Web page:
While Rep. Elijah Cummings was disappointed that the dedication ceremony for the Martin Luther King Jr. memorial was postponed because of an approaching hurricane, the delay didn’t dampen his enthusiasm Friday.
“Sometimes God has another plan,” the Maryland Democrat said about the ceremony, which had been scheduled for Sunday. “The fact is that sometimes God will give you a situation that will make it even better the next time around, so I’m looking forward to the celebration.”
Cummings was speaking at the Women Who Dare To Dream luncheon, part of the week of events organized for the debut of the MLK memorial, which was opened to the public Monday. Reps. Donna Edwards (D-Md.) and Sheila Jackson Lee (D-Texas) also attended.
Friday’s events were held as scheduled, but organizers decided Thursday night to postpone the dedication ceremony as Hurricane Irene made its way toward the East Coast. The National Hurricane Center predicted Friday afternoon that the Category 2 storm would approach the North Carolina coast this evening and pass near or over it Saturday as the hurricane continued its northward trajectory. It was expected to reach the Washington, D.C., area by early Sunday.
The Martin Luther King Jr. National Memorial Project Foundation Inc. plans to reschedule the dedication ceremony for September or October. President Barack Obama had been scheduled to speak at Sunday’s event.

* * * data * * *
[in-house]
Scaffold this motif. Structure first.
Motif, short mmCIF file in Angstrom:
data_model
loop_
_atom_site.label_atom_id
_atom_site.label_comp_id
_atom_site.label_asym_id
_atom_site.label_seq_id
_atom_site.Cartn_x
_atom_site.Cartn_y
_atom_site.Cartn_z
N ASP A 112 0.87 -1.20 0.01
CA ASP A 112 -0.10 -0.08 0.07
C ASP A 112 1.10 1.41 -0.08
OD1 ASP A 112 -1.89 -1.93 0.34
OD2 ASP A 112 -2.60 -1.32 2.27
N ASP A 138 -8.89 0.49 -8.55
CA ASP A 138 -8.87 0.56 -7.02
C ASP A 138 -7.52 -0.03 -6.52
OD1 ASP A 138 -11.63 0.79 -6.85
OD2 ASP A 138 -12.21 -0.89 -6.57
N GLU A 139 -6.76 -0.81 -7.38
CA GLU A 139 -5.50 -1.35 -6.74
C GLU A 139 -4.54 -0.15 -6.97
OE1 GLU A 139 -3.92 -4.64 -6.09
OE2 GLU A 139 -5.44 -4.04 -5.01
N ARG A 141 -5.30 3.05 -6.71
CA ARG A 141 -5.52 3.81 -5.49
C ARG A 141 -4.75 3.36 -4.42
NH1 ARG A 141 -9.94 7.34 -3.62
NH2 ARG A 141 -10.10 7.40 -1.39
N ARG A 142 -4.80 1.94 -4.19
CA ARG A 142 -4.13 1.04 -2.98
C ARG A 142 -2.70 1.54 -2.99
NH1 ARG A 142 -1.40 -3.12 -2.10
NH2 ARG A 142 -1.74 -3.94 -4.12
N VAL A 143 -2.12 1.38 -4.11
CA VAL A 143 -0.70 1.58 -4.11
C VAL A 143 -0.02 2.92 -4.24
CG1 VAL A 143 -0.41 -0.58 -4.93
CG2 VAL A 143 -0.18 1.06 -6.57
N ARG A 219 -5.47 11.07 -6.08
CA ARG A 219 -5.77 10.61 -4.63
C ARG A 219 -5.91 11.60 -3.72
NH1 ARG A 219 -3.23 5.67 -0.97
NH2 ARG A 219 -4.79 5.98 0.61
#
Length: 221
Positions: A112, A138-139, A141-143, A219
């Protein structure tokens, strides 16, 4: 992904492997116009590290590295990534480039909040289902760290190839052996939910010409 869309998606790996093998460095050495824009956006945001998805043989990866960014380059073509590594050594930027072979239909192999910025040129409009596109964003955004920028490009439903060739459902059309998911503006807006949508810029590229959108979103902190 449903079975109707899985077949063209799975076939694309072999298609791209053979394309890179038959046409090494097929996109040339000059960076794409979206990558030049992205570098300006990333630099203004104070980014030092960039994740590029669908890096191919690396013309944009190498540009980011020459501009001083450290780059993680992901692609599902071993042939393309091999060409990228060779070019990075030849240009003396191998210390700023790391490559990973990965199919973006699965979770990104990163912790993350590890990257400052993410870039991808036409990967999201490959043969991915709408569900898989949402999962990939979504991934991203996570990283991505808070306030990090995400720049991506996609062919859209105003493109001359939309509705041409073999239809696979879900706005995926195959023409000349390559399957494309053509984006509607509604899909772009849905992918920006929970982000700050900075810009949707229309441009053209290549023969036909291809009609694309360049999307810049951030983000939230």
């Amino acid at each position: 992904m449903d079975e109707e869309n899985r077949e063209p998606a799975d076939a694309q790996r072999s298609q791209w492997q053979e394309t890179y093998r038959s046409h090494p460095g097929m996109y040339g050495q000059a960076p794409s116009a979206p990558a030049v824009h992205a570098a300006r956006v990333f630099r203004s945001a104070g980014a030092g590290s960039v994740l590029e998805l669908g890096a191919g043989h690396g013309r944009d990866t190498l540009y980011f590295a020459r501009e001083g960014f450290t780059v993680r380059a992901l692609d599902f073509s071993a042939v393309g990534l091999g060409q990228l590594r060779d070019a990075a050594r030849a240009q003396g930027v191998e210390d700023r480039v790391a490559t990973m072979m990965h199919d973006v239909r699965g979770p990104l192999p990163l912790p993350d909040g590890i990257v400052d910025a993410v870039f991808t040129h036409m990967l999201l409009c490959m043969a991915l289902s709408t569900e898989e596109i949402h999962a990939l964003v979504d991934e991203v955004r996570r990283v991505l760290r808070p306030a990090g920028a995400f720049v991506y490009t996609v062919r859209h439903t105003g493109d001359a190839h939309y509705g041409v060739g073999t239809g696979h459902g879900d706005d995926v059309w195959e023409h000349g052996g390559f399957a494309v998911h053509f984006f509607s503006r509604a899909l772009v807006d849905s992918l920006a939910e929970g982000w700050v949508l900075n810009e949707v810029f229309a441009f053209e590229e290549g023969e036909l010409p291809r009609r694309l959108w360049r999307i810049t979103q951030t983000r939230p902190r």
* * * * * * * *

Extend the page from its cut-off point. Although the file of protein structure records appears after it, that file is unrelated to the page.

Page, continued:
Cummings was one of several featured guests at Friday’s luncheon, which included poet and author Maya Angelou and musician India Arie. Cummings touched on democracy as he addressed an audience of more than 200 people.
“Dr. King lived only 39 years, but in those 39 years, he did a whole lot,” he said. “He affected every single person in this room and generations that aren’t born. But this democracy that he worked so hard for ... I believe that he would say, that while we live, you must guard your progress. You must understand that democracy is constantly under attack, and it is being attacked every single day.”
Rep. Bill Cassidy has his blood drawn by Alesha Barbour during a free hepatitis screening in the Rayburn House Office Building hosted by the Congressional Viral Hepatitis Caucus to recognize "National Viral Hepatitis Testing Day."
Roll Call has launched a new feature, Hill Navigator, to advise congressional staffers and would-be staffers on how to manage workplace issues on Capitol Hill. Please send us your questions anything from office etiquette, to handling awkward moments, to what happens when the work life gets too personal. Submissions will be treated anonymously.